What do Ben Affleck, Will Smith, Christina Ricci, Kobe Bryant, Keanu Reeves, Madonna and Beethoven have in common? They all play or played chess. So do an estimated 700 million people around the world today, in nearly every country.

Why is chess so popular, and is it right for your child?

Chess Improves Concentration and Behavior

Many parents and teachers are drawn to chess because it helps their children develop spatial skills and the ability to calculate. By playing chess, kids learn to pay attention and focus on long-term goals. These skills transfer to the classroom environment, and studies suggest that academic test scores improve faster among children who play the game.

"The articles about the benefits of chess in education are absolutely true," says David Pinder, principal at McKinley Technology High School in the District. "Our students have a lot of fun playing chess. But more importantly, they learn to make good choices. Recognizing the bad choices they've made during a game of chess helps them to make better decisions next time they play."

Chess teaches and rewards good sportsmanship. Every game begins and ends with a handshake, and players show respect for their opponents and other chess players by remaining silent while a game is in progress. There is no place for trash-talking, and after reaching a certain skill level, players will often discuss their games afterward to identify where better moves might have been available-thus helping weaker players improve.

Lotte Lent, whose daughter attends Oyster Bilingual Elementary School, describes chaperoning a tournament and seeing "60 or more 4th-graders sitting in one room at one time, quietly shaking hands with each other, concentrating hard and playing chess with the skills they had learned."

Chess Promotes Friendship and Understanding

Thousands of young people throughout the Washington metropolitan area are learning to play chess-and it's probably not because they think it will improve their behavior. More likely, they enjoy the intellectual challenge and the camaraderie.

Chess offers no advantages based on size, gender or demographic background. Children with a variety of developmental challenges have successfully learned to play chess. Children with diverse life experiences meet as equals over the chessboard. In fact, chess provides an ideal way for boys and girls to compete with one another. "A woman can beat any man," says Alexandra Kosteniuk, Russian grandmaster and former Women's World Chess champion. "That's why I like chess."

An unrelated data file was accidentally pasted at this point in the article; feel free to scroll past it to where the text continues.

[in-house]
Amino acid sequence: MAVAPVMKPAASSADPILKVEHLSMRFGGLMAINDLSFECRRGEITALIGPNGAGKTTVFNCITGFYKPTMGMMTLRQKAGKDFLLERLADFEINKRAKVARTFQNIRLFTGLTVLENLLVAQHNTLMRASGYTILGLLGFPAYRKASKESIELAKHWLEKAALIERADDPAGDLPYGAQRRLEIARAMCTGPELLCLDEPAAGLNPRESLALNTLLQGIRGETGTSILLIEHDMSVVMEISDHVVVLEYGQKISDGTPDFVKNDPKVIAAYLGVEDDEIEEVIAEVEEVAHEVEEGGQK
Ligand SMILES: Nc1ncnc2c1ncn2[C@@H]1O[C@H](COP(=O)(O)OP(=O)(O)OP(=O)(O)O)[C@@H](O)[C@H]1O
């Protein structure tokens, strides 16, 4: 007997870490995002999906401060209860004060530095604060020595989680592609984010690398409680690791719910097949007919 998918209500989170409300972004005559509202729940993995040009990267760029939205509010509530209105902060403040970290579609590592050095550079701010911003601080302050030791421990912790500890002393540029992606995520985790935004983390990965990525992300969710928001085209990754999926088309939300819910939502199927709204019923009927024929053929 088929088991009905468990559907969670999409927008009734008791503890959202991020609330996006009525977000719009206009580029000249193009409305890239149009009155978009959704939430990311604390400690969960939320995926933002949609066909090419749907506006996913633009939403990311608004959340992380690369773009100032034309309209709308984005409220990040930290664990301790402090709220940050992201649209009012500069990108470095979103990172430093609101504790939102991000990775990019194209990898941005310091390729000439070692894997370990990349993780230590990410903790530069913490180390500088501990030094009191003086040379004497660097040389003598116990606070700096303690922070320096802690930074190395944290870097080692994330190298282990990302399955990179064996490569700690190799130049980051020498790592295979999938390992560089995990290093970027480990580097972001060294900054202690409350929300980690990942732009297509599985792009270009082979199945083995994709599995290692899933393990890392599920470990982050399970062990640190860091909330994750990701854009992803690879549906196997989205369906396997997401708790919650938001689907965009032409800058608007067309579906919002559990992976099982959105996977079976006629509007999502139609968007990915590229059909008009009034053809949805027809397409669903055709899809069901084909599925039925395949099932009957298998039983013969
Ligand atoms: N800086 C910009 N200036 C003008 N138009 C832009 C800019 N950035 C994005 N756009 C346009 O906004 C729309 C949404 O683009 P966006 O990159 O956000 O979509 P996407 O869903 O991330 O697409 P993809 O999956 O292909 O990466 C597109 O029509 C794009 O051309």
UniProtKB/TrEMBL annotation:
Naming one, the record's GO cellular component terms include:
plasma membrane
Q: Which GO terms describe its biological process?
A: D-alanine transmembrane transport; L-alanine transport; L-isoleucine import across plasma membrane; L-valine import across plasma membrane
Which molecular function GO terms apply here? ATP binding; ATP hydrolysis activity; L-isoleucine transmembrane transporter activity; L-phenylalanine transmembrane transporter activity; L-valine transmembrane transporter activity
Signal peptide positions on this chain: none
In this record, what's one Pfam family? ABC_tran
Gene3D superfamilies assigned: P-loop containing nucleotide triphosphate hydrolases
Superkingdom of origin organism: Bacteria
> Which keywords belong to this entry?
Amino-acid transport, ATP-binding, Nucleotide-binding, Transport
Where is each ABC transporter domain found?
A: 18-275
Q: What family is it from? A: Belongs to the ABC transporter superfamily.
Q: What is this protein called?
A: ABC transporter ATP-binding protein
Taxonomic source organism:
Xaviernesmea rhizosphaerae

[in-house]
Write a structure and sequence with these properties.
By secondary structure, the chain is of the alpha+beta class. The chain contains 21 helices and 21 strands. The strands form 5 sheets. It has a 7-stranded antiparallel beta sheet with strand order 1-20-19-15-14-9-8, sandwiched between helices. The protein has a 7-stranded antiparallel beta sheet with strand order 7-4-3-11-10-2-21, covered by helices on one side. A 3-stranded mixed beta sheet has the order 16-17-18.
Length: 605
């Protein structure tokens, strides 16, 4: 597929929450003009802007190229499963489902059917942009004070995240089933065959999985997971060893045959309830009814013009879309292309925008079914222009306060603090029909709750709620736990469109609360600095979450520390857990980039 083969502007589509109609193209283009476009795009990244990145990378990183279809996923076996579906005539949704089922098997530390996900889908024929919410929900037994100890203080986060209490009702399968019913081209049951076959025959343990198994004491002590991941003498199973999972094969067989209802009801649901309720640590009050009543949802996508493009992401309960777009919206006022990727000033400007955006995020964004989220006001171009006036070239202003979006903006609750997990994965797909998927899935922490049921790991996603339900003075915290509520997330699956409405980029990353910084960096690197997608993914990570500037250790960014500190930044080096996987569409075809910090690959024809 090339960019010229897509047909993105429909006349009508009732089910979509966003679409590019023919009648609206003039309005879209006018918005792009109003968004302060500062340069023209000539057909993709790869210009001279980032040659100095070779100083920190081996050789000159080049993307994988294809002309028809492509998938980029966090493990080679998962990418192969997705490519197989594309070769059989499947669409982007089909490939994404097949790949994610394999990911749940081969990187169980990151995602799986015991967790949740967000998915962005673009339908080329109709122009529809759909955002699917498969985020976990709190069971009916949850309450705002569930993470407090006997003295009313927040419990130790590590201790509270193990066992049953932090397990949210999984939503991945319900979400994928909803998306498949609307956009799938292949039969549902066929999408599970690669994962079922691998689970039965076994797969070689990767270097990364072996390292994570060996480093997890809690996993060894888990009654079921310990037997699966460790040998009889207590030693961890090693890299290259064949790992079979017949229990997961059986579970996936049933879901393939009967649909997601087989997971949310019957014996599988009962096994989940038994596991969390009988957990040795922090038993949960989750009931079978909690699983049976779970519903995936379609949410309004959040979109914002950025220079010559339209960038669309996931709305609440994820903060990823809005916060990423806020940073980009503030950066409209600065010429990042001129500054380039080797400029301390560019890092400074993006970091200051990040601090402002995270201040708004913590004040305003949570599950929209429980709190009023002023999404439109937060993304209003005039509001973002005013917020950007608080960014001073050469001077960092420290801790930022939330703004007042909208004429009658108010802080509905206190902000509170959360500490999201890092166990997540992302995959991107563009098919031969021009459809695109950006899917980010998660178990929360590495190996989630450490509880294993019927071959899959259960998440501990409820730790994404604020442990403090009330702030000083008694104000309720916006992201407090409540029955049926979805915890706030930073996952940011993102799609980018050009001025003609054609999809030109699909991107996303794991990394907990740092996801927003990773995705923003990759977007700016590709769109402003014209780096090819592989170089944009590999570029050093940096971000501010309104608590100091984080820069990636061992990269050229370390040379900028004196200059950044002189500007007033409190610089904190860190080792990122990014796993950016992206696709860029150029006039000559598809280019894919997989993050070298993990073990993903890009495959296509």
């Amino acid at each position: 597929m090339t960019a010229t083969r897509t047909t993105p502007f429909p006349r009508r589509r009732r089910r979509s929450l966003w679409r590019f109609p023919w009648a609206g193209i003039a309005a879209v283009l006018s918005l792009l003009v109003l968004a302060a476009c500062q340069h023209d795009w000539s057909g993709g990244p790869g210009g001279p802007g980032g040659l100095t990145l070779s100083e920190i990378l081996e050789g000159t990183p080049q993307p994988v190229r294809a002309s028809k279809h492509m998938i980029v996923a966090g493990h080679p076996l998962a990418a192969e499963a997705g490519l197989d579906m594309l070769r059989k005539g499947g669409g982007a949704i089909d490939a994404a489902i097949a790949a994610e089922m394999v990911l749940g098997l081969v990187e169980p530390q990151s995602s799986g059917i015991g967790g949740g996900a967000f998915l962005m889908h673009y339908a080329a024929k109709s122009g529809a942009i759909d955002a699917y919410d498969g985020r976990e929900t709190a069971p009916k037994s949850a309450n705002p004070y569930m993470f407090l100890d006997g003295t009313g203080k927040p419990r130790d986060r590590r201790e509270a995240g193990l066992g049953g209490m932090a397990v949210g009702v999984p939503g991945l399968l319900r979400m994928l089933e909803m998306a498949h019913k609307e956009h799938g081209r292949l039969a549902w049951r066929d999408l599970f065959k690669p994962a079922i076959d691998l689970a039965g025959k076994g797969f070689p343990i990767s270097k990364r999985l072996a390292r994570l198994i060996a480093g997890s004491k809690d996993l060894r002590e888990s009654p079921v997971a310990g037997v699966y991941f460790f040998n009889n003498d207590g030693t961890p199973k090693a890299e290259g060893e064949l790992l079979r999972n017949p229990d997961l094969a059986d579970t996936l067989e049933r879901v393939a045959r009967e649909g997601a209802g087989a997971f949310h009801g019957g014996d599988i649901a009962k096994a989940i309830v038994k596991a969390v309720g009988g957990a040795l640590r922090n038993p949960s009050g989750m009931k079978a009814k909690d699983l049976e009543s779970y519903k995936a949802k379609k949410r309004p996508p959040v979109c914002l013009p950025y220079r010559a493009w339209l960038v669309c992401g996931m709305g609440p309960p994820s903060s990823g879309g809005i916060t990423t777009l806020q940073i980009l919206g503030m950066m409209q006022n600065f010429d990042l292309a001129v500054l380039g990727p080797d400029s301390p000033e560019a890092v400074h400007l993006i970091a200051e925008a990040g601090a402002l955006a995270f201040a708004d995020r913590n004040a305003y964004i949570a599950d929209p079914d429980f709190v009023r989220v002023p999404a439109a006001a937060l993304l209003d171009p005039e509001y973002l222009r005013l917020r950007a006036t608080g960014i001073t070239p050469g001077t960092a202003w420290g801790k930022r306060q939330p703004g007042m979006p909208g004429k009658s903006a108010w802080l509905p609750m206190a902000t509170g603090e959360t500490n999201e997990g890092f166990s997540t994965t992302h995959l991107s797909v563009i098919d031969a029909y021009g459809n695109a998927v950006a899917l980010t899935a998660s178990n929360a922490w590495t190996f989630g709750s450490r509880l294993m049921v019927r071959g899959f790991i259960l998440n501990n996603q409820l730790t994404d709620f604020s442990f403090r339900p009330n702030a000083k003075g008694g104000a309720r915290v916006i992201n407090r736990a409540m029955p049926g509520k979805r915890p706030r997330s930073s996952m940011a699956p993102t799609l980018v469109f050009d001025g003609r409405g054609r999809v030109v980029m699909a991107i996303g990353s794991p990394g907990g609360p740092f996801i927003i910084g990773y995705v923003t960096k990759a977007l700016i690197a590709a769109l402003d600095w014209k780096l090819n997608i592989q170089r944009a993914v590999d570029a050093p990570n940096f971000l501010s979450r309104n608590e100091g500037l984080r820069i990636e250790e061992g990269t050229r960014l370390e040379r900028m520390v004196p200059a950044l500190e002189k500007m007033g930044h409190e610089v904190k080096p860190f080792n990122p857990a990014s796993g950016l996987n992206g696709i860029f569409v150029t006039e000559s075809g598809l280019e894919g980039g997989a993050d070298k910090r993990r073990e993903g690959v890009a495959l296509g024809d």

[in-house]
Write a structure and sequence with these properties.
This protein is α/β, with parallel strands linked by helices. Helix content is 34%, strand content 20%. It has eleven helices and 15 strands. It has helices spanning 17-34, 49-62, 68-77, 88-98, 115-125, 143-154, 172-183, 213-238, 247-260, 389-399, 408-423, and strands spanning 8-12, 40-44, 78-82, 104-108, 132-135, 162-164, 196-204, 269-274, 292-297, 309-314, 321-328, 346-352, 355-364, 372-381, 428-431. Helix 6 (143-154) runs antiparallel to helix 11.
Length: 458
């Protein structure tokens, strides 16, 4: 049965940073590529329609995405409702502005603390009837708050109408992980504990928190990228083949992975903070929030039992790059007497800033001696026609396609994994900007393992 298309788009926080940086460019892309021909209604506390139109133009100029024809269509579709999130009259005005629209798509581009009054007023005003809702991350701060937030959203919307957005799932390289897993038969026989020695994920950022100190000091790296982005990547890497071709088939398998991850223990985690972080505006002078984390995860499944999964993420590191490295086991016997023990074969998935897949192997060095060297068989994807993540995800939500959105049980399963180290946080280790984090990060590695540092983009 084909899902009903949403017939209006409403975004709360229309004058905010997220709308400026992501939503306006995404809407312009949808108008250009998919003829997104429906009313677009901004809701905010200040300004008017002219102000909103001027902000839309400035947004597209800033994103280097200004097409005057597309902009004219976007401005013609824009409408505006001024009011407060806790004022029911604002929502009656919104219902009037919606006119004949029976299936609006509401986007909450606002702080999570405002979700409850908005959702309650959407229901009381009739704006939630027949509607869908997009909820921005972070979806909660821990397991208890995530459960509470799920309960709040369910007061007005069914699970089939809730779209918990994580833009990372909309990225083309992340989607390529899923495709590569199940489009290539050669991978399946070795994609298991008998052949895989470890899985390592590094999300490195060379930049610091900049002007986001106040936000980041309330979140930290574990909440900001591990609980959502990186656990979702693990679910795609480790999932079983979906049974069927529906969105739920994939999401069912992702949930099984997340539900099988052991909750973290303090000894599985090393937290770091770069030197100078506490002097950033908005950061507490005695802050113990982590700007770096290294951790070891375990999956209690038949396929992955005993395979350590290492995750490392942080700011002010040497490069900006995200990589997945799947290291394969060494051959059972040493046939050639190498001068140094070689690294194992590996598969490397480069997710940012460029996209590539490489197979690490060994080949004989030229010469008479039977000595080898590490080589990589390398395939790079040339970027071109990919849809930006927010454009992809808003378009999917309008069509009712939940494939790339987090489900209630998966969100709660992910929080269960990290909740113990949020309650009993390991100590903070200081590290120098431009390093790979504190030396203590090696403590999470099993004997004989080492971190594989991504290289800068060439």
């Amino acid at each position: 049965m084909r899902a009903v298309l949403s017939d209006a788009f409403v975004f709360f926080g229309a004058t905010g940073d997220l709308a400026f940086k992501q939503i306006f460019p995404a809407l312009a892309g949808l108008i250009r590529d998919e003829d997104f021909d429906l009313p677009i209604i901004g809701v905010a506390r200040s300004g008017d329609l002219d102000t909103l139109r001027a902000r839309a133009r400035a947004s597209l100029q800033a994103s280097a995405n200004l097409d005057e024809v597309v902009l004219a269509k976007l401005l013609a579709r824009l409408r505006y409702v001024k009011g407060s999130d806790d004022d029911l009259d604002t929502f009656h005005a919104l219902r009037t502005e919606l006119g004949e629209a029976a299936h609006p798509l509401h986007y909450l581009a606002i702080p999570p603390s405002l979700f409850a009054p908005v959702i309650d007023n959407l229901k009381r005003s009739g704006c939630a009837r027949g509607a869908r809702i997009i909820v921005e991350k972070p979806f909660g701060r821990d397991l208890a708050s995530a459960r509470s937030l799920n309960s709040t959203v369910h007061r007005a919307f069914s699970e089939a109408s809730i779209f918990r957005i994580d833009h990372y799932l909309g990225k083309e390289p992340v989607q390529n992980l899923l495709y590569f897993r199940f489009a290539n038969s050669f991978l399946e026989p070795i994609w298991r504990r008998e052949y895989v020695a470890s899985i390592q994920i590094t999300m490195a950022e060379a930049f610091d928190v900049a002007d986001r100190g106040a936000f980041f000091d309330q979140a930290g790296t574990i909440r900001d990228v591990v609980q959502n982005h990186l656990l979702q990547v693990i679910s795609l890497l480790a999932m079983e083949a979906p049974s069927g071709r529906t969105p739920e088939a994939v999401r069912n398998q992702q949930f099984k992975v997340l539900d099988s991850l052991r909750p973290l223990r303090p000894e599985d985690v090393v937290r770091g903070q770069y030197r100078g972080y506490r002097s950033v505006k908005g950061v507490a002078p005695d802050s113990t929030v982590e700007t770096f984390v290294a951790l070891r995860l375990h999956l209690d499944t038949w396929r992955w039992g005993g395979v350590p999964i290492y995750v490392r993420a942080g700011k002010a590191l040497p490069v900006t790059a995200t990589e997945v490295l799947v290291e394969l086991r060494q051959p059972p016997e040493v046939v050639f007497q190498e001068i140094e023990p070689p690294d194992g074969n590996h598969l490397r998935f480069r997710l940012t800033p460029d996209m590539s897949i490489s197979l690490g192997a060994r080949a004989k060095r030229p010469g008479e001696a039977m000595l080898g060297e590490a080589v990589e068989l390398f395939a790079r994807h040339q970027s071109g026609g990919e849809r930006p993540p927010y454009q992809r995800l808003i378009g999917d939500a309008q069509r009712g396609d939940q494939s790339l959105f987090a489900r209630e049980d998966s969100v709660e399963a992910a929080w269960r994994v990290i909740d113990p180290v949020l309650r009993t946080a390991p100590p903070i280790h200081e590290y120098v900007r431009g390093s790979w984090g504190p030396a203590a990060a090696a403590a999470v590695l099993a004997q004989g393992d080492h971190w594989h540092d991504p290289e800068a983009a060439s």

Because every country in the world has chess players, and every city in our country has at least one chess club, learning to play chess automatically provides friends everywhere. Thanks to the Internet, children from different cultures can play chess, even if they do not speak the same language. In 2012, for example, students in the District played formal matches with their peers in China, Norway, Montenegro and the Czech Republic. Chess is "a gateway to understanding among nations," says Montenegrin ambassador Srdjan Darmanovic, a chess player himself, who was on hand for the Internet matches.

Is My Child Ready to Learn Chess?

The best time for children to learn chess is when it is simultaneously an intellectual challenge and a fun pastime. Children need to have some capacity to grasp abstract concepts, such as the different values of chess pieces, depending on their placement as well as on how they move. This understanding usually occurs about the time that a child develops the ability to perform arithmetic operations.

Most children expect an element of chance in the games they play. Recognizing that positive or negative consequences are a direct result of their choices-which is one of the benefits as well as challenges of chess-requires a maturity that is rarely found in young children. With maturity, anyone can learn to play chess, if taught properly.

Ask yourself the following questions: Can my child sit still while reading or listening to a story? Does she get upset whenever she doesn't get her way? Is she ready to accept responsibility for making independent decisions? If a child is too young to do these things, it is too early to start playing chess.

No competitive advantage results from starting to play chess at a very early age. On the contrary, primary school children who start playing before they are developmentally ready may become discouraged, lose interest and never reap the benefits. But when a child is ready, chess can open doors-to academic achievement, to friendships that cross cultural and socioeconomic boundaries and to an intellectual pursuit that retains its interest for a lifetime.


For up-to-date information on scholastic chess in the metropolitan area:

Some Local Chess Programs for Children:

Some local chess camps and programs: